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Re: The spacing of the four holes on a fragment of a bone flute [#permalink]

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20 Dec 2013, 01:23
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Expert's post
bagdbmba wrote:
Hi Verbal Experts,
Need some explanation on this question...

Here's mine - IMO E states that complete bone could be used to play complete diatonic scale-from 1st to 7th notes, by the Neanderthal BUT it doesn't state explicitly that diatonic musical scale was developed and used thousands of years before it was adopted by Western musicians.

Whereas B says that the flute found at the Neanderthal campsite is the first musical instrument to have used a diatonic scale. Hence, it clearly supports the conclusion that diatonic musical scale was developed and used thousands of years before it was adopted by Western musicians. But not sure why B is discarded and E is the OA...!!

Please share your detail analysis on the basis of these two options - B & E.

Hi bagdmba,

In this question we are asked to find a new piece of information that will support the musicologists hypothesis that :

diatonic musical scale was developed and used thousands of years before it was adopted by Western musicians

The basis for the above theory:

The spacing of the four holes on a fragment of a bone flute excavated at a Neanderthal campsite is just what is required to play the third through sixth notes of the diatonic scale

What is a diatonic scale:

the seven-note musical scale used in much of Western music since the Renaissance.

Now any piece of information that will solidify the connection between this bone flute fragment and the diatonic scale will be the right choice for supporting the proposed hypothesis.

(B) No musical instrument that is known to have used a diatonic scale is of an earlier date than the flute found at the Neanderthal campsite.

The information given above effectively means that there is no known record of a musical instrument that was diatonic and that pre-dates the bone flute. Now is the hypothesis proposed by the musicologists concerned with proving that the found flute fragment was part of the first ever diatonic instrument? The answer is a big NO! It does not matter whether there was any instrument before the bone flute that could play the diatonic scale. All we need to establish is that the whole flute (whose fragment has been found) itself was diatonic. The information given in answer choice B does not help in doing so.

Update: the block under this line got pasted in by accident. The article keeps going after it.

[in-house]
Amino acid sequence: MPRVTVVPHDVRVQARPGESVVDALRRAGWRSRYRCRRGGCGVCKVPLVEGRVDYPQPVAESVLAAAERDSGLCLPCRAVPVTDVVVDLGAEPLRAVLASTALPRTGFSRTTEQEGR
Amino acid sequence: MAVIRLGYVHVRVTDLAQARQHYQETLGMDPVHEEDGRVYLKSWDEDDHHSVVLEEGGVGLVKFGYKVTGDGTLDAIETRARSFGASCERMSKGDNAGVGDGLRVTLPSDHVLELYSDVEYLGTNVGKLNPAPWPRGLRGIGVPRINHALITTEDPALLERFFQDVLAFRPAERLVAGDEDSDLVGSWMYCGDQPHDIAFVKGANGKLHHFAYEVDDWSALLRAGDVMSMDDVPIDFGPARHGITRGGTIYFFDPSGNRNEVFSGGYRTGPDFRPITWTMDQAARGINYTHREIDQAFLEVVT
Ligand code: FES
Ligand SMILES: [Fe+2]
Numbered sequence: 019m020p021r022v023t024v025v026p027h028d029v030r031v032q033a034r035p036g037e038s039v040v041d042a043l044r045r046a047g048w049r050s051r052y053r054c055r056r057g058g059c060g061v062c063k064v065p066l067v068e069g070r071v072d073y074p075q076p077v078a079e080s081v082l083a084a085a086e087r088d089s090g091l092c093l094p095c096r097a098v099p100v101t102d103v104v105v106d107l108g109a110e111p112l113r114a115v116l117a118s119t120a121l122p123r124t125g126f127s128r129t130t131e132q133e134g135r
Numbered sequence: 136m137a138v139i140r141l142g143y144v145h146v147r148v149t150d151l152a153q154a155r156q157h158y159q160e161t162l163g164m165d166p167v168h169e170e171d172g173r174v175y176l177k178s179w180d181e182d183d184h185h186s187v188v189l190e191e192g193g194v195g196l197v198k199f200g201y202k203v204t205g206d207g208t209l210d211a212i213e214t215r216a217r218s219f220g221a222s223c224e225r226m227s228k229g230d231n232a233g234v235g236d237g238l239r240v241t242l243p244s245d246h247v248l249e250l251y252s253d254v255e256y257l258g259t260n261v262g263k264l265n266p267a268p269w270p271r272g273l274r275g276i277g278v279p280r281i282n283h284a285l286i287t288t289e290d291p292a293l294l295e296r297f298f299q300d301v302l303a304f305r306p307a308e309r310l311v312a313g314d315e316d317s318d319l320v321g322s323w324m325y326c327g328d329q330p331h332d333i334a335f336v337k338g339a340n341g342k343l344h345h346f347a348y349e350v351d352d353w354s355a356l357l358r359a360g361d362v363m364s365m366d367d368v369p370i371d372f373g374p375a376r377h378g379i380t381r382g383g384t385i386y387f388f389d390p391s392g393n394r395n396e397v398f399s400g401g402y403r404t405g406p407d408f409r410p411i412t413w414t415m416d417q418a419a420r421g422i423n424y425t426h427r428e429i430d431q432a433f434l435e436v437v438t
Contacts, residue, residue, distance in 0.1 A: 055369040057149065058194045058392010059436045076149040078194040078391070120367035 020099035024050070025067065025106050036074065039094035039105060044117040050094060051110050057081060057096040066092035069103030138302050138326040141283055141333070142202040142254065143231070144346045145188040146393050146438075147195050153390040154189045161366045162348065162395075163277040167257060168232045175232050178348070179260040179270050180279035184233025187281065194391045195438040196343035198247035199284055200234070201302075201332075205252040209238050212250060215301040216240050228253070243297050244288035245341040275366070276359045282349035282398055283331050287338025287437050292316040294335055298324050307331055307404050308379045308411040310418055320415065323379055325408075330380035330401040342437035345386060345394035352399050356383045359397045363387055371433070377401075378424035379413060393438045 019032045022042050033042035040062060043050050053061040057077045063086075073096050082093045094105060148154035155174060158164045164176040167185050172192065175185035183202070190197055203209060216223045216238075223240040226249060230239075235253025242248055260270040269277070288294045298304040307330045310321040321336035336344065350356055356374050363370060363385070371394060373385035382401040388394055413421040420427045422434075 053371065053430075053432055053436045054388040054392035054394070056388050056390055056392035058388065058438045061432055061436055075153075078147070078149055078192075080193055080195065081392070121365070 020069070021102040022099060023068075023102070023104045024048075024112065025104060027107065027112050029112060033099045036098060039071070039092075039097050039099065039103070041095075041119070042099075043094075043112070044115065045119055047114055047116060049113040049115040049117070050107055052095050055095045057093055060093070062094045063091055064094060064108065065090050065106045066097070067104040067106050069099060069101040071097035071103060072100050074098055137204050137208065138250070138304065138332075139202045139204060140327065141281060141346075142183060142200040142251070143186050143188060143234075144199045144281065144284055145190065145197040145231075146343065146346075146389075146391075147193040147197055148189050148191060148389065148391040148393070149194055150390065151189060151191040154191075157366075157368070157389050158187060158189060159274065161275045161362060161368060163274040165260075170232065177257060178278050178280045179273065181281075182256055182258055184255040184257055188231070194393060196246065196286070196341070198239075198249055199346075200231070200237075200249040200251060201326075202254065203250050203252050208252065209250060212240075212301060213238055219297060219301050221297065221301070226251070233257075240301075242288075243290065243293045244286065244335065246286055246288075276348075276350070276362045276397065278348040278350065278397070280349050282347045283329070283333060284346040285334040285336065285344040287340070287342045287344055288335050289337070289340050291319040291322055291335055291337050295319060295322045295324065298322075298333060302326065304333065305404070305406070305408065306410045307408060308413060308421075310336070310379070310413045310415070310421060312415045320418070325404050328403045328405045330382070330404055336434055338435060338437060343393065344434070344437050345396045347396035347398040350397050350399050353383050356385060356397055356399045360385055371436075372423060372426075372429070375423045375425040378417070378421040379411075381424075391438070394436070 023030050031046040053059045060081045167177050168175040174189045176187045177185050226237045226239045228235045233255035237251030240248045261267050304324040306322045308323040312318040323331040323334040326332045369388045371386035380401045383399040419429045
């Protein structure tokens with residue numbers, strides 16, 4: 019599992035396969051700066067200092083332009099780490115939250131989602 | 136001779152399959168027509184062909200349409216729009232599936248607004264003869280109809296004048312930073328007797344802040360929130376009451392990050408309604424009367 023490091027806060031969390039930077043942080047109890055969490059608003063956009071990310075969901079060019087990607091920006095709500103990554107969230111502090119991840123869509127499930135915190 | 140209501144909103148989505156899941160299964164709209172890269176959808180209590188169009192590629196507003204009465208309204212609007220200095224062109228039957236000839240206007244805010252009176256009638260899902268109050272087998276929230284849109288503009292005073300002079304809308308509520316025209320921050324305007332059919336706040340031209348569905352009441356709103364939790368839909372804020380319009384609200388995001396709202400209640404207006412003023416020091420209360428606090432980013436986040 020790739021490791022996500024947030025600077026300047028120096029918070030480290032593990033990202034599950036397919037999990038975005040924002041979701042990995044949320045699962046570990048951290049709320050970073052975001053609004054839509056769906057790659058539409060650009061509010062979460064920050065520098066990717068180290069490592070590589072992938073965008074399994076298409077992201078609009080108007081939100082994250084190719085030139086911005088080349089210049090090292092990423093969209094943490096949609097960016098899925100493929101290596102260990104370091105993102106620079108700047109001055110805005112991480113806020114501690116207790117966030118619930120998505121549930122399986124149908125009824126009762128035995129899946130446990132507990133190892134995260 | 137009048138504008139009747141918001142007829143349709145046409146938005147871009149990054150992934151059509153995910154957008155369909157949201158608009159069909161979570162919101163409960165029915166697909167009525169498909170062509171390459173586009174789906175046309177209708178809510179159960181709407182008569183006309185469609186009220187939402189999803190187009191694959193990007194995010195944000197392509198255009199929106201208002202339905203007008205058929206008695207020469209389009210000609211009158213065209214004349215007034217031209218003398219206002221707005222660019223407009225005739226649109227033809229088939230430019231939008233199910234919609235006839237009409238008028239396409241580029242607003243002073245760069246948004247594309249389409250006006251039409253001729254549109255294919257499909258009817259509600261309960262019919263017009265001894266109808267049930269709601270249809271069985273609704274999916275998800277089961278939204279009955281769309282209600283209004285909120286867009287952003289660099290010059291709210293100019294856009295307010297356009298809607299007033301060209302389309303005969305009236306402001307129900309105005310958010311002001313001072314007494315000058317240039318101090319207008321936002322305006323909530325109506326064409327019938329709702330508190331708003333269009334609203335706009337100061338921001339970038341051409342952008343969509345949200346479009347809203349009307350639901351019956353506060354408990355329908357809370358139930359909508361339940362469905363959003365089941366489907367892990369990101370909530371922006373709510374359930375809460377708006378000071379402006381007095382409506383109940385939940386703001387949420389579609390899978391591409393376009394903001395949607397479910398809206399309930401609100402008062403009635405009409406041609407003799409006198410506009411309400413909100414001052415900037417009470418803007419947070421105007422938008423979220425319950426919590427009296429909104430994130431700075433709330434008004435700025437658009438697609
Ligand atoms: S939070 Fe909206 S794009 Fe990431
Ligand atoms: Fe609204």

Whereas choice E says:

(E) The cave-bear leg bone used to make the Neanderthal flute would have been long enough to make a flute capable of playing a complete diatonic scale.

Now, this choice rightly solidifies the connection between the diatonic scale and the bone flute. Please note that in the prompt, we are told that the four holes could play third through the sixth note but the diatonic scale has seven notes. This means, if we factor in the information given in answer choice E, we can establish that the fragment of the bone flute found was could have been part of a longer flute which could have played all the seven notes of the diatonic scale. Hence, choice E is the correct answer.

Hope the above analysis helps!

Neeti.
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09 Jul 2006, 15:15
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Only E remains.

If the bone was long enough then it may be possible that Neanderthals intentionally cut the bone to play only the part of dianotic scale.
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The spacing of the four holes on a fragment of a bone flute [#permalink]

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05 Feb 2008, 09:47
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The spacing of the four holes on a fragment of a bone flute excavated at a Neanderthal campsite is just what is required to play the third through sixth notes of the diatonic scale—the seven-note musical scale used in much of Western music since the Renaissance. Musicologists therefore hypothesize that the diatonic musical scale was developed and used thousands of years before it was adopted by Western musicians.
Which of the following, if true, most strongly supports the hypothesis?
A. Bone flutes were probably the only musical instrument made by Neanderthals.
B. No musical instrument that is known to have used a diatomic scale is of an earlier date than the flute found at the Neanderthal campsite.
C. The flute was made from a cave-bear bone and the campsite at which the flute fragment was excavated was in a cave that also contained skeletal remains of cave bears.
D. Flutes are the simplest wind instrument that can be constructed to allow playing a diatonic scale.
E. The cave-bear leg bone used to make the Neanderthal flute would have been long enough to make a flute capable of playing a complete diatonic scale.
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Re: CR: diatonic musical scale [#permalink]

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05 Feb 2008, 11:17
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should be E -

frgament hole spacings followed the normal diatonic scale notes spacing

so - C-C#-D-D#-E-F-F#-G-G#-A-A#-B-c

some prior knowledge does help

- there can be many musical scales with different spacings between adjacent notes
- the fragment only gave a partial yet true picture of a complete diatonic scale
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22 Jun 2008, 06:09